William L. Murphy: New bone building formula paints brighter picture for surgical implant patients

William L. Murphy and postdoctoral researcher Jae-Sung Lee have spent several years working on the modular peptide growth factor, which helps new bone tissue form around surgical implants.
William L. Murphy and postdoctoral researcher Jae-Sung Lee have spent several years working on the modular peptide growth factor, which helps new bone tissue form around surgical implants.

More than half of all chronic conditions in adults over age 50 are related to bone and joint diseases.

As a result, joint replacement surgeries are on the rise — last year about 200,000 hip replacement and 300,000 knee replacement surgeries were performed. Unfortunately, these procedures may result in bone-implant connections that don't heal properly, ultimately leading to implant failure and revision surgery. This of course creates additional stress and pain for patients while driving up the cost of health care by billions of dollars.

Surgeons may soon be able to reverse these negative outcomes through use of a new modular peptide growth factor, a bone building mixture featuring short threads of amino acids that can bind to implants and locally stimulate new bone growth. Animal studies show the unique, biologically active molecule in the formula improves bonding between orthopedic implants and bone and actually accelerates healing at the repair site, thereby reducing the serious side effects that often result in implant failure.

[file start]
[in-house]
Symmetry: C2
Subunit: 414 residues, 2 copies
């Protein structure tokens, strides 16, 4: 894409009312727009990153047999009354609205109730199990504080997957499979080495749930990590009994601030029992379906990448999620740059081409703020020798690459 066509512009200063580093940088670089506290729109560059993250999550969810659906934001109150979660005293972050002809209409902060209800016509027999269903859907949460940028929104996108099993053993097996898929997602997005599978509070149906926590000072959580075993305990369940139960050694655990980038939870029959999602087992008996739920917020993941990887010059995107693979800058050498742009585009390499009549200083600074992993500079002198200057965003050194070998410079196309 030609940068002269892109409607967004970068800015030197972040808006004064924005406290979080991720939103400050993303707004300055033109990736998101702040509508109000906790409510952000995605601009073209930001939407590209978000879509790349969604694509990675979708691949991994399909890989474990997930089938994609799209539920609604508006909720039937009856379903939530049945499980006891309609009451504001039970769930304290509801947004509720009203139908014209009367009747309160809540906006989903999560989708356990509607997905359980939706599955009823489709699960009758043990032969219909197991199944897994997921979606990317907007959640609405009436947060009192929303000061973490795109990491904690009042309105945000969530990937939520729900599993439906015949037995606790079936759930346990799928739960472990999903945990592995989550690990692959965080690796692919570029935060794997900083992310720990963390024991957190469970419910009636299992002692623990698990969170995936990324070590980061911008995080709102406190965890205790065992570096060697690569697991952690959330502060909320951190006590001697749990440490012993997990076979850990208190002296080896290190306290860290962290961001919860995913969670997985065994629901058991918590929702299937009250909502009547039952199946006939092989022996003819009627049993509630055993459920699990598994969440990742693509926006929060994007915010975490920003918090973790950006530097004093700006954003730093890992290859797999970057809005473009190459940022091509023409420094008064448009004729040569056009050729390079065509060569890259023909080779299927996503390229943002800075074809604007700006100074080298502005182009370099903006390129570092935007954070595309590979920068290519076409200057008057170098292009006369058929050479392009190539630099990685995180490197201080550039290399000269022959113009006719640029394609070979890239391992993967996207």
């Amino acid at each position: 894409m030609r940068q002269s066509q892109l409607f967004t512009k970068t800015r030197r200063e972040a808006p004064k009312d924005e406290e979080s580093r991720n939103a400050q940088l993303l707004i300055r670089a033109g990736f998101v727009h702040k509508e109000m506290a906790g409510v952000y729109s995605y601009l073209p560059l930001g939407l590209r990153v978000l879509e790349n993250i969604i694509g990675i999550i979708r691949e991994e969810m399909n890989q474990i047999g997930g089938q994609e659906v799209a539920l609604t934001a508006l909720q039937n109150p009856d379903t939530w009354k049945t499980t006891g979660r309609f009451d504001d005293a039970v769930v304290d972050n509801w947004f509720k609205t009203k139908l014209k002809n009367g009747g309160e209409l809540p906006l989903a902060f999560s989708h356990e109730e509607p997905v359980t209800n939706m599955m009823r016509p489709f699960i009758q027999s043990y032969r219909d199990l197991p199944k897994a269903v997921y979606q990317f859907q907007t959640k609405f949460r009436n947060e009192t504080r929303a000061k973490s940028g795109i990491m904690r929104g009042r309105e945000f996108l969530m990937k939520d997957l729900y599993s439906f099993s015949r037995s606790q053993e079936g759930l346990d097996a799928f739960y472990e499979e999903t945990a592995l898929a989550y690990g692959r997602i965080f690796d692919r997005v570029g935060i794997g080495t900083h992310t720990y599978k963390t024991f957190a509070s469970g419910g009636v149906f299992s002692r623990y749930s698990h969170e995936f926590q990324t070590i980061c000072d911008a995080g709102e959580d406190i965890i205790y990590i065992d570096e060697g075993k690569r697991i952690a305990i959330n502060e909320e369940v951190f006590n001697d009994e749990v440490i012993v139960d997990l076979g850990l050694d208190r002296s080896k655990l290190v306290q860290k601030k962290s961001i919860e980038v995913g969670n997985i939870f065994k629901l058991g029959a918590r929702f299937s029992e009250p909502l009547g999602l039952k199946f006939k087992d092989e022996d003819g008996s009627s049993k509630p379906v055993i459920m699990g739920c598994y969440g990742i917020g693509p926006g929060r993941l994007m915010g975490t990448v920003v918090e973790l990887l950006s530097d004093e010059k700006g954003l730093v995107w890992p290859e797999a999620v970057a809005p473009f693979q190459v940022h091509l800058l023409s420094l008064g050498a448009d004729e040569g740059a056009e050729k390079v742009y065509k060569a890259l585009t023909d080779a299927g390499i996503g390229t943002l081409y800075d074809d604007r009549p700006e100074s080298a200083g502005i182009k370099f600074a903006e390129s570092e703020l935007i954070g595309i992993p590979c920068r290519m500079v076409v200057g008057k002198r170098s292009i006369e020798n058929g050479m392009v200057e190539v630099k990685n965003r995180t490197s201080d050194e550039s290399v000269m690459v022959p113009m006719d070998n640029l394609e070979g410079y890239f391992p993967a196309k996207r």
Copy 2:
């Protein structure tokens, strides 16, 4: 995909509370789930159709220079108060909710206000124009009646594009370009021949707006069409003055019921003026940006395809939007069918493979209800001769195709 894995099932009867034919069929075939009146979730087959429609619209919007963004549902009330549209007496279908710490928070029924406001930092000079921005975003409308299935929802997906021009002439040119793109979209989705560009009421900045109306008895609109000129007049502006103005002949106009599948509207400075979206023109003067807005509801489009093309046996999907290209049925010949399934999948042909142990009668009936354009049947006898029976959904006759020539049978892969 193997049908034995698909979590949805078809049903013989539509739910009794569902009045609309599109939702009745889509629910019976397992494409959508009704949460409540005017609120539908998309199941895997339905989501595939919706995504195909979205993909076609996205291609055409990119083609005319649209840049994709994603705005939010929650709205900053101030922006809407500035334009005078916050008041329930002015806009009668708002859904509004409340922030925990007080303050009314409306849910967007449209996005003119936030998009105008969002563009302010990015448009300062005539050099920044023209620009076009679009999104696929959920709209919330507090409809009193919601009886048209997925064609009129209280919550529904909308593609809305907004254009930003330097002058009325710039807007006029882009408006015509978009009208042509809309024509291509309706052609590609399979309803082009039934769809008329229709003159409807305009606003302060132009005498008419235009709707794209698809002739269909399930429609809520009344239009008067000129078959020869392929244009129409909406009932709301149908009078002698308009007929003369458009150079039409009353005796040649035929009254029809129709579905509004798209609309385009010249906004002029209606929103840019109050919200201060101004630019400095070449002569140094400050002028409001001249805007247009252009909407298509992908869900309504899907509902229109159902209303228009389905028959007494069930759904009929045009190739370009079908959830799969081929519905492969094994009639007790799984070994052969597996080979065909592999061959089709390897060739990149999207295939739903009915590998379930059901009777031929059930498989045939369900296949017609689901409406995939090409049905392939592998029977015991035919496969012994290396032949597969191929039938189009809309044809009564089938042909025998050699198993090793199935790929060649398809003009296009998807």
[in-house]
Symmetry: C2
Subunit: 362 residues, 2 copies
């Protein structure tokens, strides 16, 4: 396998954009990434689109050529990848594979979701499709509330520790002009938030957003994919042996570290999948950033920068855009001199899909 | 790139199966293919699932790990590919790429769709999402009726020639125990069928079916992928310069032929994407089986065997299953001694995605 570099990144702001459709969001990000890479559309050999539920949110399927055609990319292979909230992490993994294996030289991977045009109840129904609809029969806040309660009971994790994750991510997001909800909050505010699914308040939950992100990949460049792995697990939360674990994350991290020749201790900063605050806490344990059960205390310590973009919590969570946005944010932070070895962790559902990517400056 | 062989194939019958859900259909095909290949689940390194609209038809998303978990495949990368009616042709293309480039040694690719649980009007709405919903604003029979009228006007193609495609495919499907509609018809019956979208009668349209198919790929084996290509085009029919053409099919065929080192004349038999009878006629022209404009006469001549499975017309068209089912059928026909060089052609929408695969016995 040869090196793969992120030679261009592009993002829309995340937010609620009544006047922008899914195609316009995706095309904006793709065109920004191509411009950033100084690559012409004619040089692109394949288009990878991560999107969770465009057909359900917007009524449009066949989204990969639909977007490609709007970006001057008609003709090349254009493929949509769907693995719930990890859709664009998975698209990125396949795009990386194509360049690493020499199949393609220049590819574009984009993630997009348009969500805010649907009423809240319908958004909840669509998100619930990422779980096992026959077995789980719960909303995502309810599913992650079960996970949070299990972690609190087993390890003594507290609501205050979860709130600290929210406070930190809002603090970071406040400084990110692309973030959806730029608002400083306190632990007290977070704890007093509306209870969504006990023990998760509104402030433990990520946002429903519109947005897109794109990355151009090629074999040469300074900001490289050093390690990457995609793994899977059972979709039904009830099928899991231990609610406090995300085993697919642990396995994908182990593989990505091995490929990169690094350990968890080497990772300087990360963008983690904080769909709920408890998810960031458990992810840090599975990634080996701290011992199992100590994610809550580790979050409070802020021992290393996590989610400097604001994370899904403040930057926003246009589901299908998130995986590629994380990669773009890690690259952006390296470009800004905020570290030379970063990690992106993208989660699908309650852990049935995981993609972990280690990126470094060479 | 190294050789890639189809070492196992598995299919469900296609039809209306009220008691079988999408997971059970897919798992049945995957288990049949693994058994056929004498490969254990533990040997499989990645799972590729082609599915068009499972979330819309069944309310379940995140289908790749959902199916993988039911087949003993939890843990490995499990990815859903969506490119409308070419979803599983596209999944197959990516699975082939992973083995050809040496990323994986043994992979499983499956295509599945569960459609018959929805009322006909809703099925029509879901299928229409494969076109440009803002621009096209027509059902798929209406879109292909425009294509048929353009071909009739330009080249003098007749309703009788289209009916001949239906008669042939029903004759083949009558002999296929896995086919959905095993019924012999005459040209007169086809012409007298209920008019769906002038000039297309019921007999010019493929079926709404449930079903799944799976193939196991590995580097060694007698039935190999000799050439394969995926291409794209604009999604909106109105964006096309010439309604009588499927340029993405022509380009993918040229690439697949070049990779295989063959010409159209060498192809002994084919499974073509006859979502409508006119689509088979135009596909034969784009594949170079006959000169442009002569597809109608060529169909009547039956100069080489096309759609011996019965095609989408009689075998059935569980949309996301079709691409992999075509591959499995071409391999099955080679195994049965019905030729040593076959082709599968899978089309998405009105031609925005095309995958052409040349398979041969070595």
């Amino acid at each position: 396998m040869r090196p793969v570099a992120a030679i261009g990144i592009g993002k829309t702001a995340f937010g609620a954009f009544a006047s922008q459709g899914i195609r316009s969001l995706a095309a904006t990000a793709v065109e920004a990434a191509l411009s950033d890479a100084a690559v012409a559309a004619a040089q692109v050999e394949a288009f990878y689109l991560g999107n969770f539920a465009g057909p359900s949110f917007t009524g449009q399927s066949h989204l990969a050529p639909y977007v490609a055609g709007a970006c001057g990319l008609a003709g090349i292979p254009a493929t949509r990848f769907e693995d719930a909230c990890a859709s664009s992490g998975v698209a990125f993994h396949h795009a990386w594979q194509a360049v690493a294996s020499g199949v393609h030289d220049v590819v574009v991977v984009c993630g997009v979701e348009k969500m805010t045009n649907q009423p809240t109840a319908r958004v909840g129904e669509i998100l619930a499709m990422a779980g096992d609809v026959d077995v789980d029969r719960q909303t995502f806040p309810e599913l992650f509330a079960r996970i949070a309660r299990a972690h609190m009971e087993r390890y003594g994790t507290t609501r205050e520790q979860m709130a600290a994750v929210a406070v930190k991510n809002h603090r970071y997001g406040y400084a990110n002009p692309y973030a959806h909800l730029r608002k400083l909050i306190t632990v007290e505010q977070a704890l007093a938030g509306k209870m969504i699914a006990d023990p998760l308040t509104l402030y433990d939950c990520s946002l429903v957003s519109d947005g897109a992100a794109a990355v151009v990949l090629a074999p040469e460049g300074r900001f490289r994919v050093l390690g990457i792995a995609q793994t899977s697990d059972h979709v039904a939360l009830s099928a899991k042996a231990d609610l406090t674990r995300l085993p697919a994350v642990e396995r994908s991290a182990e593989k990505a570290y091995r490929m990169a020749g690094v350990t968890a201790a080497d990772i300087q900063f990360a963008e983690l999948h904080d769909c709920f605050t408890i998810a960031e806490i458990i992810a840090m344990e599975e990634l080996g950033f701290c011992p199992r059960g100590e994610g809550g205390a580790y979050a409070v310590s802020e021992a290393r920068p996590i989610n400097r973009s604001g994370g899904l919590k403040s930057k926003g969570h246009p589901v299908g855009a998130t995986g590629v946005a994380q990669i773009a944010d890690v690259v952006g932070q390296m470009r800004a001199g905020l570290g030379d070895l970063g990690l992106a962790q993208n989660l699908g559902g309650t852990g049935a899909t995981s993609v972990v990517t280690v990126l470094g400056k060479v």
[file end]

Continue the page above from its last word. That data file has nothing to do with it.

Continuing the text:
Researchers led by William L. Murphy, associate professor of biomedical engineering and orthopedics and associate director of the University of Wisconsin Stem Cell and Regenerative Medicine Center, inserted two key components into the modular peptide structure: a biologically active growth factor for stimulating bone growth and a binding factor for strengthening the bond between the peptide molecule and the hydroxyapatite coatings on the implants.

Murphy was surprised by how quickly and strongly the modular peptide molecules attached to implants and bone tissue and stimulated new bone formation.

"The level of control that an orthopedic surgeon will have when using these biologically active molecules will be important," says Murphy. "For example, the peptides can 'activate' a variety of implants, ranging from natural bone grafts to metal hip prosthetics. They can also be applied in the operating room by simply 'dip-coating' or 'painting' the surface of an implant with a peptide solution."

Future applications for these unique biomaterials include implant surgeries, bone grafts, bone regeneration, spinal fusion, dental augmentation and non-union fracture healing.

"We will continue to work on demonstrating how these molecules can target, accelerate and improve implant-bone healing in scenarios that are especially challenging," adds Murphy. "One particular focus will be on showing that these molecules are effective in helping particular bone defects that are known for not healing well. Examples include large bone defects that result from trauma, or fibrous tissue gaps that are similar to the aseptic loosening that can happen with total joint implants."